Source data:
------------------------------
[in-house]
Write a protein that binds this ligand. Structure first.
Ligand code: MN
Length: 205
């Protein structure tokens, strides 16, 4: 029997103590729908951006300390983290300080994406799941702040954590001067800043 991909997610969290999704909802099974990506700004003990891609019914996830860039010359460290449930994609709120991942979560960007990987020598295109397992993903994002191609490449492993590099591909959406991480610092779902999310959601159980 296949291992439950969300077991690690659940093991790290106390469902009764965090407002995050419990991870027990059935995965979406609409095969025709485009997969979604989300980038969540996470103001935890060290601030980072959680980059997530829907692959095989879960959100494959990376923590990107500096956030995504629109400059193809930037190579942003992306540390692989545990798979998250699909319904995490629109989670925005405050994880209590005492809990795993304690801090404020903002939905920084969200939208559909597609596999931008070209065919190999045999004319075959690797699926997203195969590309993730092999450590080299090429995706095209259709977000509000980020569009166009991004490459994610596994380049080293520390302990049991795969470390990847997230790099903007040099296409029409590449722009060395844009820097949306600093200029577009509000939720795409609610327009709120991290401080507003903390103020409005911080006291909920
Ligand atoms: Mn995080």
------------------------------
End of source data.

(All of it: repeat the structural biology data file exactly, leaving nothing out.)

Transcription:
[in-house]
Write a protein that binds this ligand. Structure first.
Ligand code: MN
Length: 205
């Protein structure tokens, strides 16, 4: 029997103590729908951006300390983290300080994406799941702040954590001067800043 991909997610969290999704909802099974990506700004003990891609019914996830860039010359460290449930994609709120991942979560960007990987020598295109397992993903994002191609490449492993590099591909959406991480610092779902999310959601159980 296949291992439950969300077991690690659940093991790290106390469902009764965090407002995050419990991870027990059935995965979406609409095969025709485009997969979604989300980038969540996470103001935890060290601030980072959680980059997530829907692959095989879960959100494959990376923590990107500096956030995504629109400059193809930037190579942003992306540390692989545990798979998250699909319904995490629109989670925005405050994880209590005492809990795993304690801090404020903002939905920084969200939208559909597609596999931008070209065919190999045999004319075959690797699926997203195969590309993730092999450590080299090429995706095209259709977000509000980020569009166009991004490459994610596994380049080293520390302990049991795969470390990847997230790099903007040099296409029409590449722009060395844009820097949306600093200029577009509000939720795409609610327009709120991290401080507003903390103020409005911080006291909920
Ligand atoms: Mn995080």